Mar/Apr 2015 • Vol. XXXVII No. 2 NonfictionMarch 1, 2015 |

Carpe Vitam: How to Do Things with Spontaneity

By the brokenness of his composition the poet makes himself master of a certain weapon which he could possess himself of in no other way.   William Carlos Williams, "Prologue" to Kora In Hell: Improvisations Spontaneity remains outside explanation.   James Hillman, Pan and the Nightmare To sell an idea you can choose one of two gambits. You can say: "I have thought long and hard about this, I have brought my best to bear on this problem" (hard work, skill, research, rational thinking, whatever the analytic tools du jour). Or you can begin: "This came to me this morning in the shower." The latter gesture is performative, at once self-protective and self-assertive: don't blame me if this idea doesn't pan out; but perhaps it deserves special attention because it came to me in an intuitive moment. Both gestures—thoughtful and thoughtless—authorize and validate: value my idea because I've worked hard creating it; or, value my idea precisely because I haven't worked a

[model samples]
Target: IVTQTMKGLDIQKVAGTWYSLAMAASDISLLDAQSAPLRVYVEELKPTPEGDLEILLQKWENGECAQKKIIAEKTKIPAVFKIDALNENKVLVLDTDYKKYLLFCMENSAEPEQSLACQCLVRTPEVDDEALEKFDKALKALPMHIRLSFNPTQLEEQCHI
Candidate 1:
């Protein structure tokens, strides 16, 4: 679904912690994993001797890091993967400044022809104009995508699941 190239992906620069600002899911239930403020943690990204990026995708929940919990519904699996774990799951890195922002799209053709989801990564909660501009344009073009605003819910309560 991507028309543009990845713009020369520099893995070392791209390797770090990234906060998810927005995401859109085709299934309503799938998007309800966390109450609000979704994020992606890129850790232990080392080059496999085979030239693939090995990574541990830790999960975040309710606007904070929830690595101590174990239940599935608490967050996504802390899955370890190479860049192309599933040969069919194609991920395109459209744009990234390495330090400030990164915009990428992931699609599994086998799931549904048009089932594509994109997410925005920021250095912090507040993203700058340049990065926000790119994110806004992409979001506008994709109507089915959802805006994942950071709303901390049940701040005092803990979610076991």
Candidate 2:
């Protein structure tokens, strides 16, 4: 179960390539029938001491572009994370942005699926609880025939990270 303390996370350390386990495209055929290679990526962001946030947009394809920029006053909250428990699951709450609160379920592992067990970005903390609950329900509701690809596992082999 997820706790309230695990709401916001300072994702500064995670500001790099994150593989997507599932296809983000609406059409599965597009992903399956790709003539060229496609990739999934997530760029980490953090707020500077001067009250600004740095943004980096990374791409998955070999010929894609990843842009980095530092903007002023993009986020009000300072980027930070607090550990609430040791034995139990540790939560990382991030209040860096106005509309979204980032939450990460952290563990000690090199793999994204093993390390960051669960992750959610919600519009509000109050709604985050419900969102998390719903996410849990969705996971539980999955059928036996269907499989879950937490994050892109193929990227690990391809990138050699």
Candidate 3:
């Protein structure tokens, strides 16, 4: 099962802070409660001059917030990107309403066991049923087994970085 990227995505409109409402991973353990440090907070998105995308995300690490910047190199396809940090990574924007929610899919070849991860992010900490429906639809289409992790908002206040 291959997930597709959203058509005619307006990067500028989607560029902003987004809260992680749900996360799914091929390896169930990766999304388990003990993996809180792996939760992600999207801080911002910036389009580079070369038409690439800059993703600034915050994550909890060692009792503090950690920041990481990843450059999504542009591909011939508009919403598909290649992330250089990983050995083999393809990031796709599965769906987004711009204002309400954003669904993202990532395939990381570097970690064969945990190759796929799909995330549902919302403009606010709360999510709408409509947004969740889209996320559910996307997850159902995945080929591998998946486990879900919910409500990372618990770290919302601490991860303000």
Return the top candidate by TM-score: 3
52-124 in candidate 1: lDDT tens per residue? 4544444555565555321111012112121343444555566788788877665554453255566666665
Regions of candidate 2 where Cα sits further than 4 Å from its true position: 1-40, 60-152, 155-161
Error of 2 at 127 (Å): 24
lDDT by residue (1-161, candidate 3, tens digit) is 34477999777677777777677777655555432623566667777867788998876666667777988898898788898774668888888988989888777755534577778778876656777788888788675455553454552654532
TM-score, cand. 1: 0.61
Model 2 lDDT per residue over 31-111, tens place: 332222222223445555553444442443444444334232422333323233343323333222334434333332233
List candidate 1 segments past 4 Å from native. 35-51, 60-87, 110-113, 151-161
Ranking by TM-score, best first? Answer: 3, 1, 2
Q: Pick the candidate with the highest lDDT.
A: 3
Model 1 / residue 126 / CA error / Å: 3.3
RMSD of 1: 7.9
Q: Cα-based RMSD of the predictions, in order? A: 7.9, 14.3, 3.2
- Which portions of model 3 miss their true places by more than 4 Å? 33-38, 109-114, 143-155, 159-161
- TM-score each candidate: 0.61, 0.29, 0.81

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Since 1980 Randy Fertel has taught the literature of the Vietnam War at Harvard, Tulane, and the New School for Social Research. Kenyon Review published his “Carpe Vitam: How to Do Things with Spontaneity” in the March/April based on his new book A Taste for Chaos: The Art of Literary Improvisation (Spring Journal Books, March 2015).

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By the brokenness of his composition the poet makes himself master of a certain weapon which he could possess himself of in no other way.   William Carlos Williams, "Prologue" to […]

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